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Leapfest 2016 – International Airborne Competition

As its National Airborne Day, it seems fitting to post our wrap-up of this year’s Leapfest today – hard to believe it was already a week ago that the skies over southern Rhode Island were full of parachutes…

National Airborne Day on Aug. 16 honors the occassion of the first official parachute jump of the US Army, conducted on this date in 1940, by the volunteer Soldiers of the Parachute Test Platoon.  Other nations had already established Airborne Forces even before the US of course, including Italy, Germany, the Soviet Union, the United Kingdom and even France.  The Canadian Army established its first airborne unit in July 1942.

tumblr_mtvd5tILoU1s57vgxo4_r2_1280Red Army paratroops ‘jump’ from the wing of a Tupolev bomber in an exercise during the 1930’s.

Military parachuting has come a long way since those early experimental drops, and many lessons were also learned the hard way from the combat parachute drops during the Second World War.  Today’s Paratroops jump from turbo-prop and jet-powered aircraft as well as helicopters using either a static-line to automatically deploy their parachute, or by freefalling and then manually pulling a so-called ‘rip cord’ to deploy their ‘chute – and modern parachutes also come with non-steerable and steerable round canopies for normal operations, or highly-manueverable ‘ram-air’ square canopies for special operations.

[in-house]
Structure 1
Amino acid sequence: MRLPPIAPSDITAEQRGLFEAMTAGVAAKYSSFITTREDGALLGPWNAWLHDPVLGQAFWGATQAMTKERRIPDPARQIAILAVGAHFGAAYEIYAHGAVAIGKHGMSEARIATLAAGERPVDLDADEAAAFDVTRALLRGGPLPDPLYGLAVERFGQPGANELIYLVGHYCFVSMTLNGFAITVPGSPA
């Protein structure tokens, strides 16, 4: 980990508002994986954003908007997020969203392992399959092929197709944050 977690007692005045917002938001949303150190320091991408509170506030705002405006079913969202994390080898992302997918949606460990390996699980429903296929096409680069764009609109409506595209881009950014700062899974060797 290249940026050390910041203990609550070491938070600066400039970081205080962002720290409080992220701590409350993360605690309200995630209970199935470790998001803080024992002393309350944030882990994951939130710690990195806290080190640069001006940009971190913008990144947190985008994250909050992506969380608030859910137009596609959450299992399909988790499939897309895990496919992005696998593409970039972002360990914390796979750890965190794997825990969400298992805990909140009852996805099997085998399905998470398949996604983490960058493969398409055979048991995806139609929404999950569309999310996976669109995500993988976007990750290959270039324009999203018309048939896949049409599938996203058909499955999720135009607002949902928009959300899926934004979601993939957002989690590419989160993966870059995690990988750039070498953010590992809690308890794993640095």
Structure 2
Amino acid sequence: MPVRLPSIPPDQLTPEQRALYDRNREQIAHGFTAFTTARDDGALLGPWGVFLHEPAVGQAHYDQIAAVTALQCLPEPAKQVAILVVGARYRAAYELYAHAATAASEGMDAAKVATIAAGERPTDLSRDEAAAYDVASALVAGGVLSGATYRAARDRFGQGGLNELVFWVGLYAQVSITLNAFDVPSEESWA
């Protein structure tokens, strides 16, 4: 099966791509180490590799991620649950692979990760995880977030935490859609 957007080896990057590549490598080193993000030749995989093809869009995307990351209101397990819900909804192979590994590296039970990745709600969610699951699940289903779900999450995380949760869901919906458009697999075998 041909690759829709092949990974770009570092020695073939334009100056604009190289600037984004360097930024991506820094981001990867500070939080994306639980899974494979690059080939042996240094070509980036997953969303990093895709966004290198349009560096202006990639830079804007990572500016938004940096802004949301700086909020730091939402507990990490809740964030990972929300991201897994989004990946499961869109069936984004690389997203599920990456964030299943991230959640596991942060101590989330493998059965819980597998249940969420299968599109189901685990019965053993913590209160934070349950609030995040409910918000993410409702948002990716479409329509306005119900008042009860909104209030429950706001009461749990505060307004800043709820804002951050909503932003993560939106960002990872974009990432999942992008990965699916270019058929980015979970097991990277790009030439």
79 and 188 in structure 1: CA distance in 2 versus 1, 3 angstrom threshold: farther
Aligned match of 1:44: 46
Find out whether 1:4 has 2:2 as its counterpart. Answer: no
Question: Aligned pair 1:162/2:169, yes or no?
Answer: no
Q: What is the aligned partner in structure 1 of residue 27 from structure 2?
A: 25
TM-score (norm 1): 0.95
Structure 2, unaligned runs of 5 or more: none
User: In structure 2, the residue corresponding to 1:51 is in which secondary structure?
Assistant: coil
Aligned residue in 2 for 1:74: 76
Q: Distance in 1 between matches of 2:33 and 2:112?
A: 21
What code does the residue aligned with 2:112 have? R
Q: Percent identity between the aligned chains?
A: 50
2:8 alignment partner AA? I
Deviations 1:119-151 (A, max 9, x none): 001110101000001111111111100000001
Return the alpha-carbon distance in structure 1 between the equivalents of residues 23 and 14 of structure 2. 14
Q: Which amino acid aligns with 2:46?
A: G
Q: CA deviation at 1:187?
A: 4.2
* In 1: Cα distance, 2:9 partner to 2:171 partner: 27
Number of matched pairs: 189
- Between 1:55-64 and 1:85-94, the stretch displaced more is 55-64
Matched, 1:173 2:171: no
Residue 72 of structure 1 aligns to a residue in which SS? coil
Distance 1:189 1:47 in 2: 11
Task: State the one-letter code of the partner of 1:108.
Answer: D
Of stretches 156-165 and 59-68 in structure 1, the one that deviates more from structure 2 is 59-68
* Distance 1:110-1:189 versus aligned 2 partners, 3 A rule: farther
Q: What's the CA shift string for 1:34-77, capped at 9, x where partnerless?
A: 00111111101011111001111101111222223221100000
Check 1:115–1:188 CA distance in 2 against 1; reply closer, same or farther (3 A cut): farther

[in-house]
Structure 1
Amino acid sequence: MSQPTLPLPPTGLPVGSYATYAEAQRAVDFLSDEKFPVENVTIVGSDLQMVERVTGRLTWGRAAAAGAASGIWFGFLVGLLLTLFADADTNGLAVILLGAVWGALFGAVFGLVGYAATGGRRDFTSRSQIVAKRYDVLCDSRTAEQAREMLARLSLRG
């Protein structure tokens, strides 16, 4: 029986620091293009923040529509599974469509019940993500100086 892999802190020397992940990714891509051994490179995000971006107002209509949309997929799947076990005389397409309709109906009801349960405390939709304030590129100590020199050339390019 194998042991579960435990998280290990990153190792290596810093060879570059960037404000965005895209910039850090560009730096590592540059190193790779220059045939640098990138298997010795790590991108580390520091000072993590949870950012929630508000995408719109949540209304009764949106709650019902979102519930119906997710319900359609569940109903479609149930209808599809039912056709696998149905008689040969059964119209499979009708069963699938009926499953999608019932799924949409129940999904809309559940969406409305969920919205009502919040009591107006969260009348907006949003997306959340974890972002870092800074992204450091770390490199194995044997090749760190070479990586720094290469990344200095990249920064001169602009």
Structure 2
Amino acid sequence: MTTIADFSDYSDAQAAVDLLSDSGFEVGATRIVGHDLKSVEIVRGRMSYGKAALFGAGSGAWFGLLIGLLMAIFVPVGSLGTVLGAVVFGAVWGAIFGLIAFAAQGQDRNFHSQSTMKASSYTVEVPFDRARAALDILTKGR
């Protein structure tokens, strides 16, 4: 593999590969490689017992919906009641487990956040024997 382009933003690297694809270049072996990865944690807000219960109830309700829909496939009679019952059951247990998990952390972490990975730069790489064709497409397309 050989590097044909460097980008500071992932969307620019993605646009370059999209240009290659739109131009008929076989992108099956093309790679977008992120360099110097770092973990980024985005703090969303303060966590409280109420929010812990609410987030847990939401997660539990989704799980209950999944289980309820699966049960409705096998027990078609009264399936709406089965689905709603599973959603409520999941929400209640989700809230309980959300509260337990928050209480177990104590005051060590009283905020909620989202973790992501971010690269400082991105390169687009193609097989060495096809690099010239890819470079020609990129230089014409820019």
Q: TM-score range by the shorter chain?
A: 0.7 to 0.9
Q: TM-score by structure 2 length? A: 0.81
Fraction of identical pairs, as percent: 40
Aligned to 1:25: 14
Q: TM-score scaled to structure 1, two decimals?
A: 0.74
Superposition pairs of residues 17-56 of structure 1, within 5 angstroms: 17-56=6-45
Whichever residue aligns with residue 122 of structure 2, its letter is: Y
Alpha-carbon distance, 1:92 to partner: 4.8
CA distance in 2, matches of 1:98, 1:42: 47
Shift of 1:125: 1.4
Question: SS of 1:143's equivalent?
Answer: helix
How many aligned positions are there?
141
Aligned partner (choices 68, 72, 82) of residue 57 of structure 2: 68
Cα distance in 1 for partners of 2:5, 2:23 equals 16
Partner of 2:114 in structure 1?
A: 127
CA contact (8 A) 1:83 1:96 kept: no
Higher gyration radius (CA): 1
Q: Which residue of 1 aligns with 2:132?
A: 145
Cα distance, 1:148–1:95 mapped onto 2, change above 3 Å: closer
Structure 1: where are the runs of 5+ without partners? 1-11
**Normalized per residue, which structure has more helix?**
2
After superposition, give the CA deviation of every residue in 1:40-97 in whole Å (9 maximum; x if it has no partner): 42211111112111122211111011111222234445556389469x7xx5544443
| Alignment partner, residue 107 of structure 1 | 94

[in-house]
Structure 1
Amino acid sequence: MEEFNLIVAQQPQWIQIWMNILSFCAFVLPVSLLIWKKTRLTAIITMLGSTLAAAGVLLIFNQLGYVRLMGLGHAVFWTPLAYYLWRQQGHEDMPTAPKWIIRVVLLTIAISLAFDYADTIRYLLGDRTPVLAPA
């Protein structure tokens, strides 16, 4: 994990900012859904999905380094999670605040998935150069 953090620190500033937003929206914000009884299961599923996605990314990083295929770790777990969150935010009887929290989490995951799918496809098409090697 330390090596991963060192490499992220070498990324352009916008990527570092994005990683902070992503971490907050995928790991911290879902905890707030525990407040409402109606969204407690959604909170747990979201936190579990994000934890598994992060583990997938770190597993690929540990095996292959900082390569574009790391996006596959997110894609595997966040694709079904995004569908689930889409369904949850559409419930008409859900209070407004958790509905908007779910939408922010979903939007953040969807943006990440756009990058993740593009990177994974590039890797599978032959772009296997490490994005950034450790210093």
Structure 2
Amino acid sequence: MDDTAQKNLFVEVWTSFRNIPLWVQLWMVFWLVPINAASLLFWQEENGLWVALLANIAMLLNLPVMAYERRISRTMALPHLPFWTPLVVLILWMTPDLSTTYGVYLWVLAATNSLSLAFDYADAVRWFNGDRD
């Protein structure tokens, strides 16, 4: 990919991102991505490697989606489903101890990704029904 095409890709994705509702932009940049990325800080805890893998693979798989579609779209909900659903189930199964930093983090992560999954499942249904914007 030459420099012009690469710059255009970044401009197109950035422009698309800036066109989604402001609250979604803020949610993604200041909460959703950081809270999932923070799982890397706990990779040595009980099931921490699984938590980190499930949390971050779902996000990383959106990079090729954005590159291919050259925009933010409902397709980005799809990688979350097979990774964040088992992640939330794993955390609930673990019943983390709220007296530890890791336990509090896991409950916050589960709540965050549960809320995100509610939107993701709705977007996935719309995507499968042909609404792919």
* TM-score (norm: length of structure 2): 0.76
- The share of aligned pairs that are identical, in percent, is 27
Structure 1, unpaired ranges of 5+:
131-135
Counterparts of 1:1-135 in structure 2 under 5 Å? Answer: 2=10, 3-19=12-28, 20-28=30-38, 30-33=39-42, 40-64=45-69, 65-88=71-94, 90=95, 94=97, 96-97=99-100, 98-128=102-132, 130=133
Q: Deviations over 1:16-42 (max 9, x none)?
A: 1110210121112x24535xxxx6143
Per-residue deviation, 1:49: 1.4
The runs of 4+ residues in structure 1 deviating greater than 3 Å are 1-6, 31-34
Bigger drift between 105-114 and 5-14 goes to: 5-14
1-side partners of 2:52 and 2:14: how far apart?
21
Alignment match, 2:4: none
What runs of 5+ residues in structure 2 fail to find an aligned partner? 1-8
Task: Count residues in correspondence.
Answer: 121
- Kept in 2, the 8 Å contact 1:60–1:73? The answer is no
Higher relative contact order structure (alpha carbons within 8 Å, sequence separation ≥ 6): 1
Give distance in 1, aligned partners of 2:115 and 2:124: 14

t-11-parachute-001Current-day US Army Paratroopers jump from a C-130 using the new, cruciform-shape canopied T-11 non-steerable parachute.  The T-11 system has replaced the T-10 parachute that was in use for over 50 years.

Leapfest is the largest, longest standing, international static-line parachute competition. It is hosted each year by the 56th Troop Command of the Rhode Island Army National Guard to promote training and esprit de corps within the international airborne community.

DSCN2499The team from the Czech Republic walk off the Drop Zone after a jump.

Leapfest is both an individual and team event – each jumper must complete 2 jumps to be qualified for the individual award, and each team must complete 8 jumps in total to be qualified for the team award.  Each team consists of 5 participants: 4 jumpers and 1 alternate jumper.

DSCN2562The combined teams from the Italian Army, Navy, Air Force and Carabinieri pose for a group photo.

Jumpers exit from a CH-47 Chinook helicopter at an altitude of 1500 feet (457 meters) using an MC-6 static line deployed, steerable, parabolic parachute and aim to land as close as possible to a marked, designated ‘X-marks-the-spot’ on the Drop Zone.

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Friday Foto


Snipers, Pathfinders and Reconnaissance members, from 2e Bataillon Royal 22e Régiment, conduct insertion and extraction by helicopter training with a Royal Canadian Air Force CH-147F Chinook helicopter during ‪#‎RIMPAC‬ on Camp Pendleton in San Diego, California on July 15, 2016.

Photo : Sgt Marc-André Gaudreault, Valcartier imaging services


More Camouflage Craziness from The US Navy